Word on the Tree is brought to you by the generous support of our readers. Is the newsletter valuable to you and your work? Consider making a monthly donation to help cover the costs of producing it: Word on the Tree
Thursday | December 6, 2018. A look at the compromise on the most controversial part of hemp legalization. The feds are trying to quash a tribe’s bid to allow state-legal medical marijuana. Pennsylvania rejected all eight applicants for its marijuana research program. Also: Canopy Growth signed a deal to acquire Storz & Bickel, the German maker of the famed Volcano vaporizer. 🌳
Lawmakers compromise on felony ban in hemp industry. One of the strongest points of contention for Senate Majority Leader Mitch McConnell’s (R-Ky.) hemp legalization measure is a ban on those with drug felony convictions from participating in the hemp industry. Now, it seems that the bill will allow drug felons into the industry — but only 10 years after their conviction. The rule is similar to one in Kentucky that bars anyone with a drug conviction from receiving a hemp license for 10 years. But advocates aren’t satisfied with the compromise, pointing to the criminal justice reform implications and the fact that no other agricultural crop has such provisions. Meanwhile, states with more developed industrial hemp programs like Colorado may be forced to implement such rules on existing hemp farmers. McClatchy DC Related: How legalizing hemp is a step towards greater cannabis-related federal reforms. US News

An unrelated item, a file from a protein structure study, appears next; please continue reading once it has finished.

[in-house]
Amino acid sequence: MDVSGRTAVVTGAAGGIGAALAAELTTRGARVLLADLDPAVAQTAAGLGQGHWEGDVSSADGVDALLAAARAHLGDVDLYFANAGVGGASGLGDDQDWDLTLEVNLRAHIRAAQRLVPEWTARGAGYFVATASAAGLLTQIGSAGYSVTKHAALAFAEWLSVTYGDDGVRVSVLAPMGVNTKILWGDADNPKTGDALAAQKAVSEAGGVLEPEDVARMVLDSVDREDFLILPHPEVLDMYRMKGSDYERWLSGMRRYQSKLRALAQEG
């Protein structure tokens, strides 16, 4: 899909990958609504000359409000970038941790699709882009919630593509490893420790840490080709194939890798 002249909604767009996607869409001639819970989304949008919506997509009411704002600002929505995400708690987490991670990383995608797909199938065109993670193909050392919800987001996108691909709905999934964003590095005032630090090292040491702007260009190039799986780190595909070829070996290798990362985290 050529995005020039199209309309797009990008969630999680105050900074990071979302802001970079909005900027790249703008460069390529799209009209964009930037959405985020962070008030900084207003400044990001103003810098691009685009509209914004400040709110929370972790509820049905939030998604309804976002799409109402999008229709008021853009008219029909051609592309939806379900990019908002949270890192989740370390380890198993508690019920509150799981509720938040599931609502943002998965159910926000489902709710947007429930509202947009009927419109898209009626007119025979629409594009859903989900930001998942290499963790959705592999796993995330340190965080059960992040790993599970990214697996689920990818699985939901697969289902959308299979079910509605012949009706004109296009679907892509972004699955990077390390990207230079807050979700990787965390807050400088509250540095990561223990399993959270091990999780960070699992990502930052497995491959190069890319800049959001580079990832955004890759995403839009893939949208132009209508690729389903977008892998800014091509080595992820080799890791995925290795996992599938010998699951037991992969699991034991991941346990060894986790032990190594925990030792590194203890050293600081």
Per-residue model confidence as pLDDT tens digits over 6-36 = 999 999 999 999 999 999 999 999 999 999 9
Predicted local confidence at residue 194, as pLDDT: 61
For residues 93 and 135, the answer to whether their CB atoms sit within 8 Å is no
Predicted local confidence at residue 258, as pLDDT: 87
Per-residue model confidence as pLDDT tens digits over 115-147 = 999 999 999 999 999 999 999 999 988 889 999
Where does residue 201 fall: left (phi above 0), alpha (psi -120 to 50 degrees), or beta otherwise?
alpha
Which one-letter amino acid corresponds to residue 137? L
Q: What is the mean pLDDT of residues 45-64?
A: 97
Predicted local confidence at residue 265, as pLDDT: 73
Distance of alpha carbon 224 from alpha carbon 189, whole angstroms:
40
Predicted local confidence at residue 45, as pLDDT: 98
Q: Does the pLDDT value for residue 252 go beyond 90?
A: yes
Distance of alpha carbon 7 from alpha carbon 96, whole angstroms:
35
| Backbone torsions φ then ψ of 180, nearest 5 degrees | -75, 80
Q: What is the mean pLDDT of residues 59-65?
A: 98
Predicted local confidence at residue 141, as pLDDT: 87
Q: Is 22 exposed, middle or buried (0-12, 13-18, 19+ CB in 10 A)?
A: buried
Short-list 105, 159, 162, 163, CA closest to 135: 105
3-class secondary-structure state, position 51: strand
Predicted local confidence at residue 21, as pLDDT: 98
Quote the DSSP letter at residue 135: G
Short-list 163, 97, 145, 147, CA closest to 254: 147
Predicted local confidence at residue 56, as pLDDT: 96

Feds try to quash Montana tribe’s medical marijuana ordinance. Blackfeet Tribe Councilman Rodney “Minnow” Gervais Jr. has been sober for seven years. But he made the case to amend an ordinance to bring the tribe’s medical marijuana policy in line with Montana’s medical marijuana law, so members of the tribe can participate in the state’s medical marijuana program. “I found that medical marijuana could help [my son],” said Gervais. “So this isn’t about me; it’s about my kid.” But after submitting the amendment to the Bureau of Indian Affairs, an official at the federal agency rejected it. “The state passed the Medical Marijuana Act and the Tribe doesn’t have to follow federal law because the Tribe has the right to legislate our crimes; it’s part of our inherent powers,” said one tribal attorney. The tribe has appealed the decision. Glacier Reporter
Pennsylvania rejects all marijuana research applications. Last week, the state was hit with a lawsuit alleging a pay-to-play scheme in its marijuana research program. Now, the state Department of Health is rejecting all eight cannabis companies who planned to participate in the research program. None of the applicants “met the rigorous requirements of the competitive application review process,” according to the agency, which will open another round of applications early next year. “Eight billionaire groups who have spent the last four years trying to situate themselves as medical marijuana kingpins in the state have just been told ‘No’… That’s big news,” said one cannabis attorney. The state said that the lawsuit had no impact on its decision to reject all of the applications. Some of the rejected applicants are planning on appealing the decision or re-applying. The Philadelphia Inquirer